Word Count? Check.
Last minute read through for errors?
You’ve just spent six, ten plus hours on that final paper, and when your grade comes out you’ll be elated with that “A” or – um – seriously disappointed with that “C” or “D” or…”F.”
When you’re really proud of your work and your grade reflects that, you can’t help but give yourself a pat on your back. But no one knows about your hard work and sleepless nights except your professor and yourself.
At the Sigma Tau Delta Convention, I got the chance to show off my hard work and appreciate the brilliance of other English majors like me, from all over the country. I presented my essay, “Thoughts from the Security Room.”
My essay was a formal analysis on the graphic novel We3 by Grant Morrison and Frank Quitely. The UO is the first in the nation to offer a minor in Comics and Cartoon Studies, so I knew my audience would most likely have no experience with comic analysis and theory. As such, I was nervous that no one would care.
But boy, were they attentive! I have never had people seem genuinely interested in a paper about something they had never read before. My own father had asked to read my paper when he heard it had been accepted for presentation, but he didn’t quite understand it. During my presentation though, I had one guy in the front row, nodding along as I read my paper, smiling encouragingly as he followed along with the handouts. After the panel, a woman even came up to me, asking for a copy of my paper for her son, so that she could show him that comics was something he could study in college. My family was not initially supportive of me being an English major, and to think that my essay garnered that kind of reaction from strangers, is mind-boggling; I still get a happy-bubbly feeling whenever I think about it.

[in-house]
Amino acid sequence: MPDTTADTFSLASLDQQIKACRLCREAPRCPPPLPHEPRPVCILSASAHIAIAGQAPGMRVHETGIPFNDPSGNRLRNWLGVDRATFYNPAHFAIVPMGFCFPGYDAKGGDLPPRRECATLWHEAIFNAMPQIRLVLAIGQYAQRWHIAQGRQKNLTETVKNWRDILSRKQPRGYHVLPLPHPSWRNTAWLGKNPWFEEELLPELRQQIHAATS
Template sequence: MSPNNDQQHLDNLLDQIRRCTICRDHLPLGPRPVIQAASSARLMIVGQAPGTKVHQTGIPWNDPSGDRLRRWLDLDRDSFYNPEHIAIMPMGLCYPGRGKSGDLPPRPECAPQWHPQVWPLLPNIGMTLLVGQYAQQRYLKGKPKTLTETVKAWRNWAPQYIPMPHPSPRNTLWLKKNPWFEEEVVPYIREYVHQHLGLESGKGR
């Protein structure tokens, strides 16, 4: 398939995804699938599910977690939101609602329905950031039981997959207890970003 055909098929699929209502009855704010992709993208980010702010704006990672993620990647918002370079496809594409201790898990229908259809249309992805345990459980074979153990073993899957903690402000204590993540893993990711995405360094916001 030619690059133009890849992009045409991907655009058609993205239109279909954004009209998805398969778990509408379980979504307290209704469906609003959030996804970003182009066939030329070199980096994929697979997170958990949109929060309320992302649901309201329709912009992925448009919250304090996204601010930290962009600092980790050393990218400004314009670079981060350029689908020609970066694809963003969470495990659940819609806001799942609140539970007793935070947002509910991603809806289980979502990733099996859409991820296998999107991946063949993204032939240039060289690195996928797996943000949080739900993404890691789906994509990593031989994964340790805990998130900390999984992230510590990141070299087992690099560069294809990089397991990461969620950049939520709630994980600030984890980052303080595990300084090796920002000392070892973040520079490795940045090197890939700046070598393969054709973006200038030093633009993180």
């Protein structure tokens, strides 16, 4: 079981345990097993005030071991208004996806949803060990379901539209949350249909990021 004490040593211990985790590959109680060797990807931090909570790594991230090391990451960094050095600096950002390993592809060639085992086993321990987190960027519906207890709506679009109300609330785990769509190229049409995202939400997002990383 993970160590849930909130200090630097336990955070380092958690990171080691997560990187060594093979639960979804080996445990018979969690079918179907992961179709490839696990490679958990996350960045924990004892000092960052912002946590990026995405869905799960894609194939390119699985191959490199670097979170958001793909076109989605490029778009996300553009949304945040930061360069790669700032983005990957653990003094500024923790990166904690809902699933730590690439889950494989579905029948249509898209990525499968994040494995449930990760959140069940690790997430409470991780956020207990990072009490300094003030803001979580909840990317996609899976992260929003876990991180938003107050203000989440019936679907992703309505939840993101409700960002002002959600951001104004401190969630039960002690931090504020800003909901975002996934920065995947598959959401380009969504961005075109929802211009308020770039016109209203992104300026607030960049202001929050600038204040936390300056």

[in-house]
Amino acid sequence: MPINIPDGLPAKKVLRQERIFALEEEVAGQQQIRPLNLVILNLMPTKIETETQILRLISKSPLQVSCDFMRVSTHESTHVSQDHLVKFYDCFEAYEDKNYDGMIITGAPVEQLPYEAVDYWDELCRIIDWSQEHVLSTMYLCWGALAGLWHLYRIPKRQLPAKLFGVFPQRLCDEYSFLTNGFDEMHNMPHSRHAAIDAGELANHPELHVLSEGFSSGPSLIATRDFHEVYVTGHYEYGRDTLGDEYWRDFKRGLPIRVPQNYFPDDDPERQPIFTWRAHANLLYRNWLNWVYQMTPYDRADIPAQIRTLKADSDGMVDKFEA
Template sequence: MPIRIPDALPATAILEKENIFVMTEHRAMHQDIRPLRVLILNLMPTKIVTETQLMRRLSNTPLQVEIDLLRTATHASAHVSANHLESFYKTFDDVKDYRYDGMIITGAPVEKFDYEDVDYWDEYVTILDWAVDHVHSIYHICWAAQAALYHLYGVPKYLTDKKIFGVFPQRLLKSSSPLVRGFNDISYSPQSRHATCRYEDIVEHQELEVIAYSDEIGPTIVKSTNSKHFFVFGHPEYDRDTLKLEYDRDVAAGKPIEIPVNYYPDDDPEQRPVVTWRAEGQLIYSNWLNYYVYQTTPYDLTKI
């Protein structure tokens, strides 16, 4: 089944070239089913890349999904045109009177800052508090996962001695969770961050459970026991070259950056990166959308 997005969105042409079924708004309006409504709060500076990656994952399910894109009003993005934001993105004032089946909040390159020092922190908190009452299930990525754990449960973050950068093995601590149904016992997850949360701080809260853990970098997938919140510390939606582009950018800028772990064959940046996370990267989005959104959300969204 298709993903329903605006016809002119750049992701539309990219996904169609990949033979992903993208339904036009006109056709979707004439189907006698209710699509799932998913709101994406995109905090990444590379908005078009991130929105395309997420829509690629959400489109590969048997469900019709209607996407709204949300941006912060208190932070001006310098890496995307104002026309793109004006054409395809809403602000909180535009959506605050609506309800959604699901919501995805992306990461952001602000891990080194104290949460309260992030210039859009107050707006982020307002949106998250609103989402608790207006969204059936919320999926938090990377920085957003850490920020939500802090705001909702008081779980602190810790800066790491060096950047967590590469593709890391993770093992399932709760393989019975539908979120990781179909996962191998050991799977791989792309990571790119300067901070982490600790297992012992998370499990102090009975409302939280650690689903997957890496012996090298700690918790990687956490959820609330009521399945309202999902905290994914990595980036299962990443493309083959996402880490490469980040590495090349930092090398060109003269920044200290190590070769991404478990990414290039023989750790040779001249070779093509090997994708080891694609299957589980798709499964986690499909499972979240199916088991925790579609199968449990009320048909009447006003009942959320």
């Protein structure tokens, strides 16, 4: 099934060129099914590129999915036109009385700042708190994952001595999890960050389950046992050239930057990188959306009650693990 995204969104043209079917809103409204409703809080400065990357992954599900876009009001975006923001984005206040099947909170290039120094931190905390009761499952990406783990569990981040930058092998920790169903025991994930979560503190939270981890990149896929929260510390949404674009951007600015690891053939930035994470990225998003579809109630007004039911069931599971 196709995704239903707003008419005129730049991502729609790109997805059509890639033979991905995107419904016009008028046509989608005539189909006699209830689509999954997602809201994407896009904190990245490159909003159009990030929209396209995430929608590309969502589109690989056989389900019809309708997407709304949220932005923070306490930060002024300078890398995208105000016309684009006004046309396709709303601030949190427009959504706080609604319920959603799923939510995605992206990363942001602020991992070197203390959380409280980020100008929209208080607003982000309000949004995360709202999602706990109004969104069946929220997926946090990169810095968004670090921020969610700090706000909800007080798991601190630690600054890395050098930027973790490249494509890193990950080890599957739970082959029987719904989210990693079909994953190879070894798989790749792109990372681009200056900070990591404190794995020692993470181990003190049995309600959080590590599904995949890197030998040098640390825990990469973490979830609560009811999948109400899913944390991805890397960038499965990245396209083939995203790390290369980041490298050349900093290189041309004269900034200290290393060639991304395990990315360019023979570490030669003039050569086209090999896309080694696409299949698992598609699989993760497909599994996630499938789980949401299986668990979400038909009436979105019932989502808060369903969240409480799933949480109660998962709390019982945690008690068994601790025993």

My panel also exposed me to so many different subjects. I learned about Chamorro literature, about Emily Bronte’s poem, “Remembrance,” and more. The quality of their papers was also astounding. I felt like I was listening to graduate students at times.
Yet, above all, this convention gave me a huge umbrella of support – from my chapter members and complete strangers who became friends. My fellow convention attendees have inspired me to work hard, taught me so much, and given me praise for work that has largely gone uncredited. I only hope that my presentation has inspired the same in them.